Movie Credits
The Fear Chamber (1972)
The Incredible Invasion (1971)
Muerte viviente, La (1971)
Coleccionista de cadáveres, El (1970)
Mad Monster Party? (1969)
Targets (1968)
[ Randy Quaid ][ Peter Bogdanovich ][ Mike Farrell ]
House of Evil (1968)
Curse of the Crimson Altar (1968)
[ Christopher Lee ][ Michael Gough ]
The Sorcerers (1967)
The Venetian Affair (1967)
[ Robert Vaughn ]
The Daydreamer (1966)
[ Ray Bolger ]
The Ghost in the Invisible Bikini (1966)
[ Aron Kincaid ]
Die, Monster, Die! (1965)
Bikini Beach (1964)
[ Don Rickles ][ Keenan Wynn ]
The Comedy of Terrors (1964)
[ Vincent Price ][ Peter Lorre ]
Tre volti della paura, I (1963)
The Terror (1963)
[ Jack Nicholson ][ Francis Ford Coppola ][ John Cho ]
The Raven (1963)
[ Jack Nicholson ][ Vincent Price ][ John Cho ][ Peter Lorre ]
The Paradine Case (1962)
The Secret World of Eddie Hodges (1960)
[ Jackie Gleason ]
To the Sound of Trumpets (1960)
Destination Nightmare (1958)
[ George Hamilton ]
Jack the Ripper (1958)
Food on the Table (1958)
Genesis (1958)
Girl on the Road (1958)
Heart of Darkness (1958)
Corridors of Blood (1958)
[ Christopher Lee ][ Desmond Llewelyn ]
The Veil (1958)
[ Robert Hardy ]
Frankenstein - 1970 (1958)
Grip of the Strangler (1958)
The Juggler of Our Lady (1958)
The Lark (1957)
[ Denholm Elliott ]
Voodoo Island (1957)
[ Adam West ]
Rendezvous in Black (1956)
Mr. Blue Ocean (1955)
A Connecticut Yankee (1955)
[ Edward Albert ][ Eddie Albert ]
The White Carnation (1954)
Sabaka (1954)
Mostro dell'isola, Il (1954)
Abbott and Costello Meet Dr. Jekyll and Mr. Hyde (1953)
[ Bud Abbott ][ Lou Costello ]
The Black Prophet (1953)
Memento (1952)
The Black Castle (1952)
[ Lon Chaney Jr. ]
Colonel March Investigates (1952)
Fear (1952)
A Connecticut Yankee in King Arthur's Court (1952)
Mutiny on the Nicolette (1951)
The Kimballs (1951)
The Strange Door (1951)
[ Charles Laughton ]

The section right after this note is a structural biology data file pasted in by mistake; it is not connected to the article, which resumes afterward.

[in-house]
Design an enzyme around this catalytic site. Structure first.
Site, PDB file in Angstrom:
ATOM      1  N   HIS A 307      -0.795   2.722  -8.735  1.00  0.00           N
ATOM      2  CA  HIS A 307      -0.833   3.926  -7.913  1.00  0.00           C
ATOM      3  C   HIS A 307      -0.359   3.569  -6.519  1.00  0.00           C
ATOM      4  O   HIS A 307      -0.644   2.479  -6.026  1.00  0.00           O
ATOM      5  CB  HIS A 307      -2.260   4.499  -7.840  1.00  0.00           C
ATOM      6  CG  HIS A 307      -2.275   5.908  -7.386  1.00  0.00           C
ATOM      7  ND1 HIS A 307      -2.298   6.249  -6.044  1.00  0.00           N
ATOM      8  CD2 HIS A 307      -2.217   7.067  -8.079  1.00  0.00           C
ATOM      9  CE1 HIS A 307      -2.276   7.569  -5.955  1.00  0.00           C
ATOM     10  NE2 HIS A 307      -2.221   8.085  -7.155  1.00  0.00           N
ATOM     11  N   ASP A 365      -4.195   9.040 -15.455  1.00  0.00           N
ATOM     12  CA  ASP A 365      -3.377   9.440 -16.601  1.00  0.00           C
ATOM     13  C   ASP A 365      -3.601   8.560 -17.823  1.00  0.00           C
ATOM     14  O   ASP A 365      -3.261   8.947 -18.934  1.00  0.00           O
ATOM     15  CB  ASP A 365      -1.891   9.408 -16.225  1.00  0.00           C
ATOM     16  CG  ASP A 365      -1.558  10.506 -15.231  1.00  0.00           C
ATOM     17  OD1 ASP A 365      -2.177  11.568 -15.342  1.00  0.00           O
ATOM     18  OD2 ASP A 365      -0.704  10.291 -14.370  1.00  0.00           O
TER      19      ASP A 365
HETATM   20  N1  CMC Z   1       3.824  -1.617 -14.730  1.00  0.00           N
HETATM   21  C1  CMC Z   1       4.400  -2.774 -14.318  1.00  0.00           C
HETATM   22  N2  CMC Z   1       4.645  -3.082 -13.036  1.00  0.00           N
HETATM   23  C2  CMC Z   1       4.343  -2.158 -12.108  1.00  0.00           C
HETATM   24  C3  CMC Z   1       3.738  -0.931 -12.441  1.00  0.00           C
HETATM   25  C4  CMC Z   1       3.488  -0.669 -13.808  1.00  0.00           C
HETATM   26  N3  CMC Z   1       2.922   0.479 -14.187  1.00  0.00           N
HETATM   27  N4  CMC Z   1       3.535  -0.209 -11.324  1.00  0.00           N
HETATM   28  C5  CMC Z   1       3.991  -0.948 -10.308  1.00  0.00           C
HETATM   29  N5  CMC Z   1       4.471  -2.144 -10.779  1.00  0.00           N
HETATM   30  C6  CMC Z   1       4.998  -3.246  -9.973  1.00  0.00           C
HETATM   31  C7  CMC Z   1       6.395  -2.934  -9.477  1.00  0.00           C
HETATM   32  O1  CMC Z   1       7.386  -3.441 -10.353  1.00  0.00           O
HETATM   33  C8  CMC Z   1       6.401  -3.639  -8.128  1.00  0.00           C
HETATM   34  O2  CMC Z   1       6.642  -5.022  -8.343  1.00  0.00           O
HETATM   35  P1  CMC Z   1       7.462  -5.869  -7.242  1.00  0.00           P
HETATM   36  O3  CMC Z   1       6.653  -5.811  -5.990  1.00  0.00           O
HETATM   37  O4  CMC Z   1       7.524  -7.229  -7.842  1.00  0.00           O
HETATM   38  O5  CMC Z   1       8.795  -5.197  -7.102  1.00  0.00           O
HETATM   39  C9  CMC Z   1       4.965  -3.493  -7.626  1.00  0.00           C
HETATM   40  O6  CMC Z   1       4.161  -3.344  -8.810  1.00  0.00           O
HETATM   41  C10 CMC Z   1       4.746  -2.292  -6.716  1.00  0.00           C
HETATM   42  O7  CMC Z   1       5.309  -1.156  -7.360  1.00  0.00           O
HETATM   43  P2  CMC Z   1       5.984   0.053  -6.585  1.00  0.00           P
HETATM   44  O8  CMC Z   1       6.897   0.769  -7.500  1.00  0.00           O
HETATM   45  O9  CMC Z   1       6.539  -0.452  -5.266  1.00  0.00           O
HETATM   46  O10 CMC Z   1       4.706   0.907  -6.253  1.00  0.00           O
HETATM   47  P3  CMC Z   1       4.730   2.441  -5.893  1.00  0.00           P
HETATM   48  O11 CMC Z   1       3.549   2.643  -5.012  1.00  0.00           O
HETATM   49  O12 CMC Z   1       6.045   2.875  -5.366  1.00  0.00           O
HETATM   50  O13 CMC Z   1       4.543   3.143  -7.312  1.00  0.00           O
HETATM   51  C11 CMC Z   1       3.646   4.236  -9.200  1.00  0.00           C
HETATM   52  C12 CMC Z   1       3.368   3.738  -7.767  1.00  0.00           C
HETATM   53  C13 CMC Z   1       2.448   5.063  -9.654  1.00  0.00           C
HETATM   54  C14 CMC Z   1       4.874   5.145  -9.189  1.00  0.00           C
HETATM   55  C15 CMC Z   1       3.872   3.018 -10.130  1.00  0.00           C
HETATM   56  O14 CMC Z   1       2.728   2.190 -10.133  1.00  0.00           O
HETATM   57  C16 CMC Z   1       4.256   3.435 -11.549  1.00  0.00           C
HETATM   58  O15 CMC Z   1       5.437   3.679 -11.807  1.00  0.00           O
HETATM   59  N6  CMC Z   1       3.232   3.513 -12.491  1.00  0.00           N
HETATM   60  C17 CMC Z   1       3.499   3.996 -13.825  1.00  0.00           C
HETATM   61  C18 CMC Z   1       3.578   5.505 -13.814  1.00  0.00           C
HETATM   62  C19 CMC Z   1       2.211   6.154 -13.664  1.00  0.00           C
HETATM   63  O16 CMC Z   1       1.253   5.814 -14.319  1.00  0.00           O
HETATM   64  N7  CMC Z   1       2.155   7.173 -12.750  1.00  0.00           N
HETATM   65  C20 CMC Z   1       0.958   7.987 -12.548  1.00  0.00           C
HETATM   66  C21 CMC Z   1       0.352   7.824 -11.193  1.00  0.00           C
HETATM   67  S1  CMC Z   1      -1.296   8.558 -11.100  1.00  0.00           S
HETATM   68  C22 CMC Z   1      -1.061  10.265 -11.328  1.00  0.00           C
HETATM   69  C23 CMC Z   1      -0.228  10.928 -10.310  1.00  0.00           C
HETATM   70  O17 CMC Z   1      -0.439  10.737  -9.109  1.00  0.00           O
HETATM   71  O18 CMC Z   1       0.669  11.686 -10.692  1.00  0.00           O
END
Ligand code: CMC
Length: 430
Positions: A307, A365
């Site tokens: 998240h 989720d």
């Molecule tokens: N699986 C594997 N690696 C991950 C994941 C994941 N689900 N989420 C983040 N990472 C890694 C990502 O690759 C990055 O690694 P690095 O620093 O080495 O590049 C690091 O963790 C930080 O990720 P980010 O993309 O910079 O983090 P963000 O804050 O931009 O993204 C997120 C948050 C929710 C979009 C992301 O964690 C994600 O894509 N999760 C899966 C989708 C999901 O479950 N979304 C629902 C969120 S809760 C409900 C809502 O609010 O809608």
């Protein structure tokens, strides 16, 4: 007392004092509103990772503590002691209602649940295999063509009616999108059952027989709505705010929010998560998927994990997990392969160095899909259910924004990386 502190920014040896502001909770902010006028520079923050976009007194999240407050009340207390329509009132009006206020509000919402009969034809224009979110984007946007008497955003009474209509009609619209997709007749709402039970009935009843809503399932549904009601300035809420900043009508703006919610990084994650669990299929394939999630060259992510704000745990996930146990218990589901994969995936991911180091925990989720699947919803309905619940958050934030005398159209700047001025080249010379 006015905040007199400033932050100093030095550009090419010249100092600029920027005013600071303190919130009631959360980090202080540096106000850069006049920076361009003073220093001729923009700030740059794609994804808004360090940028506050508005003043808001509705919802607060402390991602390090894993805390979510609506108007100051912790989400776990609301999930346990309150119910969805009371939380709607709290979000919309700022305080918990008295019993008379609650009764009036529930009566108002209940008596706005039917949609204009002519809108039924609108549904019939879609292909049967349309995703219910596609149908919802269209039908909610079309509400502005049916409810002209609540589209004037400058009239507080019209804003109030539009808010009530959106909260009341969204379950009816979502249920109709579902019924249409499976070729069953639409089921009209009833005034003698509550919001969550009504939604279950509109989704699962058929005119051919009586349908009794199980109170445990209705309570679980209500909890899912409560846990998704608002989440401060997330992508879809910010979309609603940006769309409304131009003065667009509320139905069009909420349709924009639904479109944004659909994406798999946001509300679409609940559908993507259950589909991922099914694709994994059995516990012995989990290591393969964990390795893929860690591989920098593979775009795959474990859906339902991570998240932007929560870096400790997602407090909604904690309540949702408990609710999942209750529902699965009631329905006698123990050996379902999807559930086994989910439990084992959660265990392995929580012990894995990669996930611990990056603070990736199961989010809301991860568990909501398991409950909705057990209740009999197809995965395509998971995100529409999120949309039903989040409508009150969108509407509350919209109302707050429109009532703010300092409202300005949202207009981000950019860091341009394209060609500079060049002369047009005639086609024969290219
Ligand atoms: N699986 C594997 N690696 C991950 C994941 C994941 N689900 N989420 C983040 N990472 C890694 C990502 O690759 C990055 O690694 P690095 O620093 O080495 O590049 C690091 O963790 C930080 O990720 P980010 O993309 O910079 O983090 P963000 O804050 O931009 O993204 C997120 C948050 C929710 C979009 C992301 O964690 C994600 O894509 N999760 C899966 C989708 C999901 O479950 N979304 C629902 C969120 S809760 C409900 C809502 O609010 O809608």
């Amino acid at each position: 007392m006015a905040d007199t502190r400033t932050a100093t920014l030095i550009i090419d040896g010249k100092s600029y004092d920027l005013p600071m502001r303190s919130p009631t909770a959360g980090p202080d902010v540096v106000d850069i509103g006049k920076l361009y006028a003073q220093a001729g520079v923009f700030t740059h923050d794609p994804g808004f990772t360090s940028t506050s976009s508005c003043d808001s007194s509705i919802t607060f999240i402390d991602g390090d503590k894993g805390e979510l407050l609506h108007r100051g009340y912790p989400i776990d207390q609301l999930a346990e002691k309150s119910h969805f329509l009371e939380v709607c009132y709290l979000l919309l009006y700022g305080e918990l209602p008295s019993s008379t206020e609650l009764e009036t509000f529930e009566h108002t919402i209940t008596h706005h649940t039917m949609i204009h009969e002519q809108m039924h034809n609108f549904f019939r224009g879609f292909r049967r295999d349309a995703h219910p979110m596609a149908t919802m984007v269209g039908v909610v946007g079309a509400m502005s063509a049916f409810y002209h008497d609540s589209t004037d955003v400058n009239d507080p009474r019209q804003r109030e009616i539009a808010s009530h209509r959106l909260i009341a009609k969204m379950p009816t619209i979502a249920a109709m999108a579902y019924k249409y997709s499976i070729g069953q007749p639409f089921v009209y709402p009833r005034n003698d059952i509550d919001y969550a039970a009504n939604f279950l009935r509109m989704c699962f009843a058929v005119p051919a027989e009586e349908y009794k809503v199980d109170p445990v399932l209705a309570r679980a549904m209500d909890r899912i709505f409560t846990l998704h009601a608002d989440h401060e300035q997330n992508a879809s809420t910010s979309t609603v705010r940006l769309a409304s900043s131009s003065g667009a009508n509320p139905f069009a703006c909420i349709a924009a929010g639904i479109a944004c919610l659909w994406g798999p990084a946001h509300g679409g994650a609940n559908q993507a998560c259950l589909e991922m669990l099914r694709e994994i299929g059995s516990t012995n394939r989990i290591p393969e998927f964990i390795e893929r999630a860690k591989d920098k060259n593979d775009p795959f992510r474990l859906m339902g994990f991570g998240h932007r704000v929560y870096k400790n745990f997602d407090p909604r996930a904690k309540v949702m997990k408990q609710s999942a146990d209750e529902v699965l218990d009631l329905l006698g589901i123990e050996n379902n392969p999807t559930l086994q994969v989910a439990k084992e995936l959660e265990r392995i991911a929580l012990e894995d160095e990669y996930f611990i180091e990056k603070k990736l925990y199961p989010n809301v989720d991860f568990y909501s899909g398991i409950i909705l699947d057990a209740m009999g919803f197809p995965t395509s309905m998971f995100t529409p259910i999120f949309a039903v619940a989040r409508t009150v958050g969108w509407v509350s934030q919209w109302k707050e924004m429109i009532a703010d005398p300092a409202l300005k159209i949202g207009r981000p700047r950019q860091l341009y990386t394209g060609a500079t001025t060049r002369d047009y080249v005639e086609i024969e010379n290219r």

The Jest of Hahalaba (1951)
The Lonely Place (1951)
The Yellow Scarf (1949)
The Monkey's Paw (1949)
Abbott and Costello Meet the Killer, Boris Karloff (1949)
[ Bud Abbott ][ Lou Costello ]
Expert Opinion (1949)
Cisaruv slavík (1949)
Tap Roots (1948)
[ Ward Bond ]
Dick Tracy Meets Gruesome (1947)
[ Lex Barker ]
Unconquered (1947)
[ Gary Cooper ][ Edward Albert ][ Eddie Albert ][ Ward Bond ][ Lex Barker ]
Lured (1947)
[ George Sanders ]
The Secret Life of Walter Mitty (1947)
[ Danny Kaye ]
Bedlam (1946)
Isle of the Dead (1945)
The Body Snatcher (1945)
[ Bela Lugosi ]
House of Frankenstein (1944)
[ Lon Chaney Jr. ]
The Climax (1944)
The Boogie Man Will Get You (1942)
[ Peter Lorre ]
The Devil Commands (1941)
You'll Find Out (1940)
[ Bela Lugosi ][ Peter Lorre ]
The Ape (1940)
Before I Hang (1940)
Doomed to Die (1940)
The Man with Nine Lives (1940)
Black Friday (1940)
[ Bela Lugosi ]
British Intelligence (1940)
The Fatal Hour (1940)
Mr. Wong in Chinatown (1939)
The Mystery of Mr. Wong (1939)
Son of Frankenstein (1939)
[ Bela Lugosi ][ Ward Bond ]
Devil's Island (1939)
Tower of London (1939)
[ Vincent Price ]
The Man They Could Not Hang (1939)
Mr. Wong, Detective (1938)
The Invisible Menace (1938)
West of Shanghai (1937)
Night Key (1937)
[ Ward Bond ]
Charlie Chan at the Opera (1936)
The Man Who Changed His Mind (1936)
The Walking Dead (1936)
The Invisible Ray (1936)
[ Bela Lugosi ]
Juggernaut (1936)
The Black Room (1935)
The Raven (1935)
[ Bela Lugosi ]
Bride of Frankenstein (1935)
[ Walter Brennan ][ Billy Barty ]
Gift of Gab (1934)
[ Bela Lugosi ][ Billy Barty ]
The Black Cat (1934)
[ Bela Lugosi ]
The House of Rothschild (1934)
The Lost Patrol (1934)